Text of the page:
Offender: Carl’s Jr.
Media Outlet: Online video competition open to the public
The Offense: Fast-food chain Carl’s Jr. is currently holding a contest entitled “Hot Chicks Eating Burgers,” which promises a grand prize of $1,000, an all-expense paid trip to Las Vegas, and a chance to be in an upcoming commercial for the hottest chick eating a burger.
NOW’s Analysis: The fast food industry seems increasingly determined to use the hypersexualization of women as an avenue to peddle their bargain burgers. In the tradition of its previous commercials featuring Paris Hilton and Padma Lakshmi eating burgers in outrageously sexy ways, Carl’s Jr. has launched the “Hot Chicks Eating Burgers” contest. The webpage for the contest touts two videos: The first is a minute long segment of a woman sensually consuming a burger, whose actions range from inviting looks at the camera to deliberately sucking a slice of pineapple from the sandwich. The second is the most recent famous “hottie” endorsing Carl’s Jr., Audrina Patridge, eating a burger while on the beach in a bikini. Once that video ends, the famous Carl’s Jr. tagline, “More than just a piece of meat,” appears with overwhelming irony above a link which reads “Click here to see more of Audrina being hot.”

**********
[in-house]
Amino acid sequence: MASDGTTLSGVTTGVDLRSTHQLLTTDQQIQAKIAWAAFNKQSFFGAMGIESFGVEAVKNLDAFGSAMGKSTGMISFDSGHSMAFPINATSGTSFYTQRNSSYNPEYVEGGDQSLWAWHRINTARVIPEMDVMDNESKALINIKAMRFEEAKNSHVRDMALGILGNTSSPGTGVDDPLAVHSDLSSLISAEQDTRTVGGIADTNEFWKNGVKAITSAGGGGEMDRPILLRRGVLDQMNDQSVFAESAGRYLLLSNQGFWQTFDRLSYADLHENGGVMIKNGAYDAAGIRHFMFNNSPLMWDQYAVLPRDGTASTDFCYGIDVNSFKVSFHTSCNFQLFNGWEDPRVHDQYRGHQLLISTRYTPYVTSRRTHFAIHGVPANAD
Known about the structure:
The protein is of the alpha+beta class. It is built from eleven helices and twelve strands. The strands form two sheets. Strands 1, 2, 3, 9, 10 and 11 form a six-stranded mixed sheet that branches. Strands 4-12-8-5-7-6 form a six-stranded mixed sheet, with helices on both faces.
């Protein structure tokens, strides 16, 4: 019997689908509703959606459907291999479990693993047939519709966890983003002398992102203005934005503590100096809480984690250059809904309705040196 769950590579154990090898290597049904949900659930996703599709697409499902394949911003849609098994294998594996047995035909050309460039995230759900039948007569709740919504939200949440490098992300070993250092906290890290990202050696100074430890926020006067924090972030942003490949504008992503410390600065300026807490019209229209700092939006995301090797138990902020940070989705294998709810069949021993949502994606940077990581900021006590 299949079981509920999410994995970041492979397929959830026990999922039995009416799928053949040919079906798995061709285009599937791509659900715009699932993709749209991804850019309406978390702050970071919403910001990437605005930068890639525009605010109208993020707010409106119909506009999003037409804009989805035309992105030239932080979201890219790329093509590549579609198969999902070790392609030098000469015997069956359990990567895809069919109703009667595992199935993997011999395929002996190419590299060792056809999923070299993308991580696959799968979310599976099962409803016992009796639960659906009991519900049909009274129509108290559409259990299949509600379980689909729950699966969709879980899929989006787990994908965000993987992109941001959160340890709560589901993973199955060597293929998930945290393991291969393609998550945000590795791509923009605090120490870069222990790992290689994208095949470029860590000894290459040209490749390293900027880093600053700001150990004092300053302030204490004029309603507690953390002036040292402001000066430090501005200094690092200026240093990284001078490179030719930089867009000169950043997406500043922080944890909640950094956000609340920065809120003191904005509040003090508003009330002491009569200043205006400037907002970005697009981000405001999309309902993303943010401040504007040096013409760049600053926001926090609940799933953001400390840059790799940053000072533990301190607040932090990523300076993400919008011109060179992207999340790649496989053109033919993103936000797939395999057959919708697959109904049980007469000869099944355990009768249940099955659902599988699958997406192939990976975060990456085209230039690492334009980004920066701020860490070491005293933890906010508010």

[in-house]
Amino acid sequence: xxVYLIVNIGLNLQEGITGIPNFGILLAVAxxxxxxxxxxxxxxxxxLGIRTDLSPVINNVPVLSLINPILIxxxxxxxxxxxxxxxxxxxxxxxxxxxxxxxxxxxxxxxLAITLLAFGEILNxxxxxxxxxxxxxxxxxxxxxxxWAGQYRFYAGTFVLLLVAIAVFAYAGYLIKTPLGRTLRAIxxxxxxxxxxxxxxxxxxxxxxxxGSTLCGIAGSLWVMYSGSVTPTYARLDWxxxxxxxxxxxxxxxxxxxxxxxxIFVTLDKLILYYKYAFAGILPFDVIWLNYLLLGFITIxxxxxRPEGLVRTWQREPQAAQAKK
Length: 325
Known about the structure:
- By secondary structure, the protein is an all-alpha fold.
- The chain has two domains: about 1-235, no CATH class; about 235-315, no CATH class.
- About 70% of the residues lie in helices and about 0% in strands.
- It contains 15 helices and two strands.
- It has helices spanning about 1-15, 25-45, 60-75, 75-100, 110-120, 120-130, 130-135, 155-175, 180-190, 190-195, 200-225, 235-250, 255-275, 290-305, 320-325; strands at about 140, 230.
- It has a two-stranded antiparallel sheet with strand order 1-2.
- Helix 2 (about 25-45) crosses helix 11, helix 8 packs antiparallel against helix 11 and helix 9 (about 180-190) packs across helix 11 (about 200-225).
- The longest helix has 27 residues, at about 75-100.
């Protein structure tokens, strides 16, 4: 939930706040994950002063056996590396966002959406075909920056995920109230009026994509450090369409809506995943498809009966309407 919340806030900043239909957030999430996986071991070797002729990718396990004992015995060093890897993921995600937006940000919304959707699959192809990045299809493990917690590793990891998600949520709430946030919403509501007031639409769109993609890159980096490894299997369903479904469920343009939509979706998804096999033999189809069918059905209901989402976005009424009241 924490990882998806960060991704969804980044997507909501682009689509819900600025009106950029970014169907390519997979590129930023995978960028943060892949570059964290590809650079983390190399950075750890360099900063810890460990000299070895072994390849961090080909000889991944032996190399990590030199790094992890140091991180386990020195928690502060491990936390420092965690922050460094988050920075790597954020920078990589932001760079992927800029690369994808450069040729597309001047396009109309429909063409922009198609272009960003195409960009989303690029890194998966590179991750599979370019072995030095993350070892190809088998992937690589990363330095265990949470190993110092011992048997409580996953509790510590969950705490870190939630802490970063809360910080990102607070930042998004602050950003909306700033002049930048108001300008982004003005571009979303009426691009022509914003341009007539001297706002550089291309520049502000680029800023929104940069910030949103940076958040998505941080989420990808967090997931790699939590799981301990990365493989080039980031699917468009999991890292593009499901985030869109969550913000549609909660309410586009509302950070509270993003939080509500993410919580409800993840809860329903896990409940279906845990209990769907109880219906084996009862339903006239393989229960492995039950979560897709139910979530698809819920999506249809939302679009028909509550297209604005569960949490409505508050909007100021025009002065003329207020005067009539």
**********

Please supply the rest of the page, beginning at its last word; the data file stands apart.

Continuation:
This form of advertising is particularly dangerous, since not only does it encourage the objectification of women within the media realm, but it actively seeks to cultivate self-objectification in the average woman. By issuing this contest, Carl’s Jr. actually pits women against one another to see who can be the most provocative, sensual, sexual object possible, all to the end of selling burgers.
Jess Hobbs, NOW Communications Team